Want to recreate the race route?

For those of you who would like to experience the event, this is the itinerary for
the live race.

Day 1 (24 miles).

Up at 5.30 for a 2 hour drive to Maneybhanyjang (6600 ft) for the start of the Race at 7:30. After a Tibetan ceremony blessing all participants, runners proceed 24 miles to Sandakphu (11815 ft) along the road which forms the boundary between India and Nepal.

Today is by far the most difficult of the five stages. The course is largely uphill with a number of flat stretches and the occasional downhill bit!

Day 2 (20 miles). 
Most people are up and about at 5 am for the panoramic sunrise views of Mt. Everest, Lhotse, Makalu, and Kanchenjunga. These four mountains are the highest in the world. Sandakphu National Park is the only place in the world where 4 of the 5 highest mountains can be seen at one time. Today’s stage begins at 6.30. This is an out and back day to Molle following a well marked jeep track. You may see yaks, wild horses, and the small Red Panda today.

Day 3 (26.4 miles).
Today’s stage is also the day of the Everest Challenge Marathon. The race starts at 6.30 and the course retraces the previous days' 10 miles to Molle, before continuing to Phulet (11380 ft) where it turns, returning to Molle before turning down hill toward Rimbik. At Molle, the jeep track stops and the trail gets steeper and becomes a grid of ruts, some several feet deep. Runners pick their own line and speed for the next few miles. As the trail drops 4,000 feet, the treeless ridge line is replaced by dense tropical vegetation and beautiful flowers.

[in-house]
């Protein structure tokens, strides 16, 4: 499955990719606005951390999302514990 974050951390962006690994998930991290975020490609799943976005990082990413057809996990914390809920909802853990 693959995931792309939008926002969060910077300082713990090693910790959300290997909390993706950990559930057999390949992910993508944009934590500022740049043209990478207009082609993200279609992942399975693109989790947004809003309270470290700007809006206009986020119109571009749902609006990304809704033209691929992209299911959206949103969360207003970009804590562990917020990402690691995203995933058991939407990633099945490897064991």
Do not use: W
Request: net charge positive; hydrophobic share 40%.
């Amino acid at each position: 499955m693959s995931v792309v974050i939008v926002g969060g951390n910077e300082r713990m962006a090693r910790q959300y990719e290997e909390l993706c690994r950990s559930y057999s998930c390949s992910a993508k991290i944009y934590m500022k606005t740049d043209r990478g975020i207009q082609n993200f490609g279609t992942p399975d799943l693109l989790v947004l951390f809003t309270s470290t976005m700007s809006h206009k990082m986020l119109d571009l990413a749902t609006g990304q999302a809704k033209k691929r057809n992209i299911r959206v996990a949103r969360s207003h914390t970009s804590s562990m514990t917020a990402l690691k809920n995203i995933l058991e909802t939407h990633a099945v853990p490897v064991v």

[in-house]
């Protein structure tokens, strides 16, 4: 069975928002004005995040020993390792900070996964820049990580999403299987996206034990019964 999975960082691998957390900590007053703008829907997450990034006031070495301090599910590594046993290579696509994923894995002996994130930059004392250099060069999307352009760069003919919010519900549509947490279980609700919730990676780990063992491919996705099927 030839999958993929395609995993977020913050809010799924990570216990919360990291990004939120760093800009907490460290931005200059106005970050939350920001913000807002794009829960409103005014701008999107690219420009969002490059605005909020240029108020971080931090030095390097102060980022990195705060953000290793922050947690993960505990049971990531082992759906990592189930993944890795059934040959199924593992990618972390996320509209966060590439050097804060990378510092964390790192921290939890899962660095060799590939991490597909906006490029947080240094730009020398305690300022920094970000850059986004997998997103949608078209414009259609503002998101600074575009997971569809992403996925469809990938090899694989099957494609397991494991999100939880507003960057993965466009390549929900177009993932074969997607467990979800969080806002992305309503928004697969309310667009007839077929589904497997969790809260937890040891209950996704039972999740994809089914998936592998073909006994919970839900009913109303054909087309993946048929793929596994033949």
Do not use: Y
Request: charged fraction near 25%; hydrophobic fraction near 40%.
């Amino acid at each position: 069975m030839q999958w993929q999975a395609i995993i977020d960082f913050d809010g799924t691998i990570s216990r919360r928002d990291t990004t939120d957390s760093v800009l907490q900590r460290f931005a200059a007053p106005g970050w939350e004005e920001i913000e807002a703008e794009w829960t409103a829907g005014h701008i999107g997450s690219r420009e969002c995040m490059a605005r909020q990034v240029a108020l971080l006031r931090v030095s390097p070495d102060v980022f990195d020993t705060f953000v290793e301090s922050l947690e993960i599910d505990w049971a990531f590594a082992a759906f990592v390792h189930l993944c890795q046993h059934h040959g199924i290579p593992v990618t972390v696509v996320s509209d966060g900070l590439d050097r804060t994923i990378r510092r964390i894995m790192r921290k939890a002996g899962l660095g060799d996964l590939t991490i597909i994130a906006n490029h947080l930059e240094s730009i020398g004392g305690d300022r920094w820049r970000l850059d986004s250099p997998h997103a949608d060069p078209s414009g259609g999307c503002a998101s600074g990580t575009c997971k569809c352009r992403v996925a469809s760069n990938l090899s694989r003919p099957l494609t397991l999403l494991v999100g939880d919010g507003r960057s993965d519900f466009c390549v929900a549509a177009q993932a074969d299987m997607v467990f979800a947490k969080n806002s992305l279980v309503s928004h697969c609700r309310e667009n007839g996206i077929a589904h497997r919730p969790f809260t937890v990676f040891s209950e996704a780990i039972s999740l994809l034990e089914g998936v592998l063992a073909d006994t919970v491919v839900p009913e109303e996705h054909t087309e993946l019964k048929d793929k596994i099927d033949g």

As you reach the lower levels, you pass through wonderful villages with equally wonderful villagers! With no roads, they see few foreigners passing this way. After crossing the river, the trail becomes more populated with the houses of farmers until reaching Rimbik (6350 ft).

Day 4 (13 miles).
The hill village of Rimbik is located at the end of a rough, but paved road. There is very little traffic on the road so this day will favour road runners more than trail runners. Starting time is 9.00 am. Initially, there is a big downhill to 4975 feet, then flat above the river, until starting a climb which takes us to Palmajua at 6560 feet.

Day 5 (17 miles).
Starting at 6.30, runners return to Palmajua by bus to start where they finished the previous day. After the start, runners continue uphill through lush vegetation and large pine trees. After cresting the hill, the scenery is beautiful along a gradual downhill road to the finish of the Stage Race in Manebhanjang (6600 ft).

If the idea of taking part in the Himalaya 100 Mile Stage Race, Nice Work hopes to return with a group in October 2021 and you can request details here

And you can find out more about the race by visiting the Himalaya 100 Mile Stage Race website here.

It's easy to take part. Simply enter the Challenge and we’ll send you a logbook to record your distance. Then return the completed logbook to us by email at the end of the Challenge and we’ll send you your exclusive Himalayan 100 Virtual Challenge bespoke medal.

Download Log Book